It occurs to me that some of the best examples proving that this notion is wrong (at least in terms of performance) are YouTube “speed test” benchmarks. There’s an entire genre of YouTube videos devoted to benchmarking new phones by running them through a series of apps and CPU-intensive tasks repeatedly, going through the loop twice. Once from a cold boot and the second time immediately after the first loop. Here’s a perfect example, pitting a Samsung Galaxy S8 against an iPhone 7 Plus. Note that no apps are manually force quit on either device. The iPhone easily wins on the first loop, but where the iPhone really shines is on the second loop. The S8 has to relaunch all (or at least almost all) of the apps, because Android has forced them to quit while in the background to reclaim the RAM they were using. On the iPhone, all (or nearly all) of the apps re-animate almost instantly.
In fact, apps frozen in the background on iOS unfreeze so quickly that I think it actually helps perpetuate the myth that you should force quit them: if you’re worried that background apps are draining your battery and you see how quickly they load from the background, it’s a reasonable assumption to believe that they never stopped running. But they did. They really do get frozen, the RAM they were using really does get reclaimed by the system, and they really do unfreeze and come back to life that quickly.1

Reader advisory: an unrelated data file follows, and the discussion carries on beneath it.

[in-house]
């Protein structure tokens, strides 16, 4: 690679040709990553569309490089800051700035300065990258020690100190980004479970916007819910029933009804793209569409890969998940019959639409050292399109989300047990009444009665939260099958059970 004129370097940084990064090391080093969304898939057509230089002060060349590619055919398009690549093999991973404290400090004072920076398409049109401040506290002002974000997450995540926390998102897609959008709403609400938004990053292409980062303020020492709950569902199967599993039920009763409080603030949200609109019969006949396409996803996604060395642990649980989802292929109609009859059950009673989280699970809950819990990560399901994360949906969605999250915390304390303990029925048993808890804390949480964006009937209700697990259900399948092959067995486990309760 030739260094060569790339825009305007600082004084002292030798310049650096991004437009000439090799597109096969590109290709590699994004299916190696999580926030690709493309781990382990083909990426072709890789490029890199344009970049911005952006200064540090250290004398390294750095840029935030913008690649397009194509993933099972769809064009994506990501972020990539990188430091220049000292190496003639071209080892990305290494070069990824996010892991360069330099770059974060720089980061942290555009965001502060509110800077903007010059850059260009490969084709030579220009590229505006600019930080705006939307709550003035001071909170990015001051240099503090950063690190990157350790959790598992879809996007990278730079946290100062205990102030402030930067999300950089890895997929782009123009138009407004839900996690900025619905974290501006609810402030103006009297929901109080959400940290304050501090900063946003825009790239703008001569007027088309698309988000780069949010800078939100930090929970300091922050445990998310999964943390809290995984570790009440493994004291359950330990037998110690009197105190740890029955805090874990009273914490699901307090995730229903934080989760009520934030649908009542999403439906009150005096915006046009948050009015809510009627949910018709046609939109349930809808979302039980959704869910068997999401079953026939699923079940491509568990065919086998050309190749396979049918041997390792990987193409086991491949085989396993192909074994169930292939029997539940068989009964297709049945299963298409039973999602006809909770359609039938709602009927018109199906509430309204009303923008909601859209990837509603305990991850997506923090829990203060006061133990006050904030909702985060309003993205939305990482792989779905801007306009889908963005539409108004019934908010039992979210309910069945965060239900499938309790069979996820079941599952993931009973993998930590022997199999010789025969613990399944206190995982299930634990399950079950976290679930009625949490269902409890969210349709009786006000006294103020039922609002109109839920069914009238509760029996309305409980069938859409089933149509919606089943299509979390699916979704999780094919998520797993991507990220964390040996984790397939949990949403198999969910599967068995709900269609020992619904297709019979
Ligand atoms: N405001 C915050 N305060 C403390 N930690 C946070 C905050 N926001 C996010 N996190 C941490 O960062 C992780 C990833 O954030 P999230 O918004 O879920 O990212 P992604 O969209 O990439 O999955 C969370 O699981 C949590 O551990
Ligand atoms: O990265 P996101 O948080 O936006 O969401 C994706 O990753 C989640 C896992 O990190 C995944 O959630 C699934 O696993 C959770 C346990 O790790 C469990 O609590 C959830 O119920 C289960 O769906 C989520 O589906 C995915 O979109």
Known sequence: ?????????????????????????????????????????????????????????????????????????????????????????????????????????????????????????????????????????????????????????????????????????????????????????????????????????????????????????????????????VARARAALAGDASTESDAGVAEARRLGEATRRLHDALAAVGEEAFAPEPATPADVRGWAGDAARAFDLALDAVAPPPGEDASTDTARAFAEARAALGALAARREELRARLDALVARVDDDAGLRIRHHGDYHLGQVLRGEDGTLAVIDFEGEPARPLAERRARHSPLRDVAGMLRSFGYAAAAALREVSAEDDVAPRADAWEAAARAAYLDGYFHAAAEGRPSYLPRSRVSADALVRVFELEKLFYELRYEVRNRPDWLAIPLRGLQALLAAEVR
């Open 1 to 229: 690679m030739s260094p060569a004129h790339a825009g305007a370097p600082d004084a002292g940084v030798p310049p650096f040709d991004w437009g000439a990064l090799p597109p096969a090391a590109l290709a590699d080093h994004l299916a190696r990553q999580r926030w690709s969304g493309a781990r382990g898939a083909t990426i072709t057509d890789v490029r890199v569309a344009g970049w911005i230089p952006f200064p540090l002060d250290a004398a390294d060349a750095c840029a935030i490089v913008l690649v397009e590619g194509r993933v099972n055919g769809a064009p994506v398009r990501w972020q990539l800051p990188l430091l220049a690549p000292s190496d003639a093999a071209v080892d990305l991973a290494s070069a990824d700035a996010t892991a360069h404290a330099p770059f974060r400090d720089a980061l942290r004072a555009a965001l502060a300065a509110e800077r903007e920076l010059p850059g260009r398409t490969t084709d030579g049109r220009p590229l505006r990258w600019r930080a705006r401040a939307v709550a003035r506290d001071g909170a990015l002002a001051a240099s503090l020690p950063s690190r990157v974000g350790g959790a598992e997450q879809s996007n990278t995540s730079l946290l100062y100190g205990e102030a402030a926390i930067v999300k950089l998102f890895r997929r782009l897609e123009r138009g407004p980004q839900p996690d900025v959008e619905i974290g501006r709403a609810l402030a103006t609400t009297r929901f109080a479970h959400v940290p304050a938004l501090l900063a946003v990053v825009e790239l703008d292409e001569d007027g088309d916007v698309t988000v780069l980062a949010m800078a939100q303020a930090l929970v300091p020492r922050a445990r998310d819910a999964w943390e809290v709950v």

An awful lot of very hard work went into making iOS work like this. It’s a huge technical advantage that iOS holds over Android. And every iPhone user in the world who habitually force quits background apps manually is wasting all of the effort that went into this while simultaneously wasting their own device’s battery life and making everything slower for themselves.
This pernicious myth is longstanding and seemingly will not die. I wrote about it at length back in 2012:
Like with any voodoo, there are die-hard believers. I’m quite certain that I am going to receive email from people who will swear up-and-down that emptying this list of used applications every hour or so keeps their iPhone running better than it would otherwise. Nonsense.